IT security threats emerge from a variety of different sources and origins, most of which - but not necessarily all - are external to the organisation concerned. This means businesses need to ensure they have adequate safeguards in place, in terms of firewalls, anti-virus and anti-malware solutions, in order to mitigate risk where possible.
Internal IT security threats pose a slightly different challenge. This is where the malicious acts of employees or ex-employees - or human error - causes systems to be compromised, potentially causing sensitive information to be exposed. Companies need to put safeguards in place to limit the damage individual workers can cause, and part of this involves engaging with them on security issues.
Clearly if a worker intends to do harm to their organisation - and has the required skill and clearance to do so - businesses are left exposed. But the majority of internal security risks are not malicious; they are caused by error. As such, firms have the opportunity to take a proactive approach to reducing security risks, by engaging with their staff in the first instance and preventing costly mistakes from occurring.
Involving employees at an early stage
Business and IT leaders seeking to shut the door on security breaches should ask themselves if they are doing everything possible to guard their systems and data? Do they have technology solutions in place to defend their systems? And do employees know how to use them, and how their own actions can impact upon levels of IT security?
According to Malcolm Harkins, chief information security officer at Intel, many organisations can still do more to protect their IT infrastructure and confidential data. He claimed that many firms are forgetting a crucial step as they implement security policies - they are failing to properly articulate security goals to their employees.
Speaking to Computerworld, he highlighted the importance of employees adhering to IT security best practice, but also understanding why it exists in the first place.
"Compliance is necessary, but it's not sufficient," he told the news provider, arguing that employees must fully engage with the security plan in order to meet their own personal responsibilities. "If they're committed to doing the right thing and protecting the company, and if they're provided with the right information, then they'll make reasonable risk decisions," Mr Harkins stated.
Taking nothing for granted
But it is important to remember that not all employees are technically-minded, and they will not necessarily have any prior skills or knowledge about security issues. As such, company bosses cannot take anything for granted. They need to ensure rigorous training is available for staff lacking knowledge and understanding in this area, and that all employees participate in reminder/top-up sessions to keep this knowledge in the forefront of their minds.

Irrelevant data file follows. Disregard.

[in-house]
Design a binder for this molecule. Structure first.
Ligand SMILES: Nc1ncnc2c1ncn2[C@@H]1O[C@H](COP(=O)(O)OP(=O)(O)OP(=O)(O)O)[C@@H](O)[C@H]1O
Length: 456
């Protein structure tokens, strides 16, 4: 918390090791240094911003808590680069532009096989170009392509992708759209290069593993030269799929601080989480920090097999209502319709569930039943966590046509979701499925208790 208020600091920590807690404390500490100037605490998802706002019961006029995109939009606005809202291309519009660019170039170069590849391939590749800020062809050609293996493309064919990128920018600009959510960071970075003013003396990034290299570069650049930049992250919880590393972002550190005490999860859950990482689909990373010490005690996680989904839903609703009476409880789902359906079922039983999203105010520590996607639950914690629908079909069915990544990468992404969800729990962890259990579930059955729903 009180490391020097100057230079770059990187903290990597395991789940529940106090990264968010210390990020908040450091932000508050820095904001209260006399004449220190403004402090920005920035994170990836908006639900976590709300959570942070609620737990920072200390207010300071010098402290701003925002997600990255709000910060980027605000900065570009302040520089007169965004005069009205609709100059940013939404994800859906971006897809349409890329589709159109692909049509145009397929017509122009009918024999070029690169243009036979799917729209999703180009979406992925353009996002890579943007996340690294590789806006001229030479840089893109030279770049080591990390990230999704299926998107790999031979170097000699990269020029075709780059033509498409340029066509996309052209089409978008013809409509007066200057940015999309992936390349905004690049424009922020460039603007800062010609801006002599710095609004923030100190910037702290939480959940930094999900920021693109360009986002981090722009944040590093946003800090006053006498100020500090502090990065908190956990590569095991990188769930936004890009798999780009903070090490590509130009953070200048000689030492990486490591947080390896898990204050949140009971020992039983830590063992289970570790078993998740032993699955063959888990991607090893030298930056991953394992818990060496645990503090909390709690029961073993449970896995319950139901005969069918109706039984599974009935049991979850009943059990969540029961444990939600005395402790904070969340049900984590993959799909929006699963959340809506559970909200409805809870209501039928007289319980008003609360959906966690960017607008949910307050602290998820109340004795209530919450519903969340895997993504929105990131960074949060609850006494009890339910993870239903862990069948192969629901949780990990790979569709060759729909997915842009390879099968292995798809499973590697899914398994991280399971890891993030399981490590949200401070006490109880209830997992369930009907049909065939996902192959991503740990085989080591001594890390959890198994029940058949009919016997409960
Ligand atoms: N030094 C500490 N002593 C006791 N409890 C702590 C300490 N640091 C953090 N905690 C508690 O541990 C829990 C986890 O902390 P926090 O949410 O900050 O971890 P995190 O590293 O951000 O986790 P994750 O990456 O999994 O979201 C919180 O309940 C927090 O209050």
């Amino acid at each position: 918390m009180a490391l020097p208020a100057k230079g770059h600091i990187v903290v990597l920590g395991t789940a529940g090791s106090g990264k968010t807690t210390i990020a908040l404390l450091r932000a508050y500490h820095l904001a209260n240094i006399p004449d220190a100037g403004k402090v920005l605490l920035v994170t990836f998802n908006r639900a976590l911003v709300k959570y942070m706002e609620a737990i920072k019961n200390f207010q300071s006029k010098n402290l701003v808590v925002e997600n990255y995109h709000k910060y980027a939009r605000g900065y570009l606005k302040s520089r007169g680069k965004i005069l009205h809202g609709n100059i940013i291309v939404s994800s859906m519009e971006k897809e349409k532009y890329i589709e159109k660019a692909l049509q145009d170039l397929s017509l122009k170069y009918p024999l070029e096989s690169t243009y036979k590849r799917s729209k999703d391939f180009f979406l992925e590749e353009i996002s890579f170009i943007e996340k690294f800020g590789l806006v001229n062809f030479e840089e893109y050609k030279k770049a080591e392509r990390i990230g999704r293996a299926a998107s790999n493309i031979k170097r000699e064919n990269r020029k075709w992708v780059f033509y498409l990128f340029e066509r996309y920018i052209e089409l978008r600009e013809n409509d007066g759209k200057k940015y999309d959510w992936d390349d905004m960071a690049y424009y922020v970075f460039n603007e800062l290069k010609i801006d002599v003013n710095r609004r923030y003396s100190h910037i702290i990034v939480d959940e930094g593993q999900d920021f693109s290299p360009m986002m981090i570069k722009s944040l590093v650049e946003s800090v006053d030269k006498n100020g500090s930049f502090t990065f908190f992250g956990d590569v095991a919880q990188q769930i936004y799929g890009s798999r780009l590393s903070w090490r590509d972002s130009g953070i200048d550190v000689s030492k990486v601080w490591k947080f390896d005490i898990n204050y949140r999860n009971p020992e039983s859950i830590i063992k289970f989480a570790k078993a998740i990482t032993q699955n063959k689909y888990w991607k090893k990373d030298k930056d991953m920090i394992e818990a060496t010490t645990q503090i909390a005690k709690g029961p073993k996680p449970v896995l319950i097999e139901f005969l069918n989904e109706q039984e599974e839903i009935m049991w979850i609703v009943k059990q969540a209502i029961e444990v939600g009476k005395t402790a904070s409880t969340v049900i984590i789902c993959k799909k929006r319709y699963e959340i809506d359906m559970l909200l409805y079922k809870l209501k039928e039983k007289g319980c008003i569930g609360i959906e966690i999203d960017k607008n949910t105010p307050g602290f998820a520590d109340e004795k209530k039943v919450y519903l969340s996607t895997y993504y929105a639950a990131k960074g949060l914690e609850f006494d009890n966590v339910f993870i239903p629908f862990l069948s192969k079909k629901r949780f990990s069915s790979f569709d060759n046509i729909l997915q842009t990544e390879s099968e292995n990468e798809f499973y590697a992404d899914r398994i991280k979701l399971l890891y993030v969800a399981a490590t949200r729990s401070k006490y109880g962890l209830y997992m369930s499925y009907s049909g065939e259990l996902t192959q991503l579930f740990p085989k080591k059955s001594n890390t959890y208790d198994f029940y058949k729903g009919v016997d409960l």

Undoubtedly, the way employees receive IT security information has a bearing on its practical application. Mr Harkins said it is important for organisations to put IT security threats into context, in order that staff fully understand the processes involved in securing systems and the role they need to play. "You don't want to spin information security compliance as fear," he noted. "Fear is like junk food - it can sustain you for a bit, but in the long run, it's not healthy." He urged companies to articulate security threats in a way that is relevant to the department people are working in, allowing each individual arm of the business to do whatever is necessary to reduce risk.
Weighing up risk and opportunity
There is an obvious need for businesses to mitigate online security threats using technology solutions and best practice operational processes. But at the same time, decision makers need to ensure the measures put in place do not have an overly adverse impact on employee productivity. Simply saying to staff "do not go online" or "do not use mobile technology" will significantly reduce a company's IT security exposure, but it will also be very much to the detriment of company output and profitability.
Mr Harkins explained that a balance needs to be struck, where systems are secure but employees have the freedom and flexibility they need to add value to their organisation. For instance, they may be allowed to use personal tablets and smartphones on company networks, but only devices that are approved by the IT team. And they may be able to carry data off-site on the same devices, providing it is encrypted and the individual has remote wipe functionality should the handset be lost or stolen.
"The more drag you put on information flow, the slower the business velocity, which also creates strategic risk issues," Mr Harkins noted. This is why Intel adopted the mantra "protect to enable" three years ago, he told Computerworld. Mr Harkins said the priority is not to lock down IT assets, but to ensure employees can do their jobs to the best of their ability with a "reasonable level" of IT security protection in place. He said this requires input from the IT team, a clear understanding of overall business goals and priorities, and clear communication throughout the organisation where security is concerned.
Find out how Microsoft security products can keep your organisation's systems and data safe.
Posted by Alex Boardman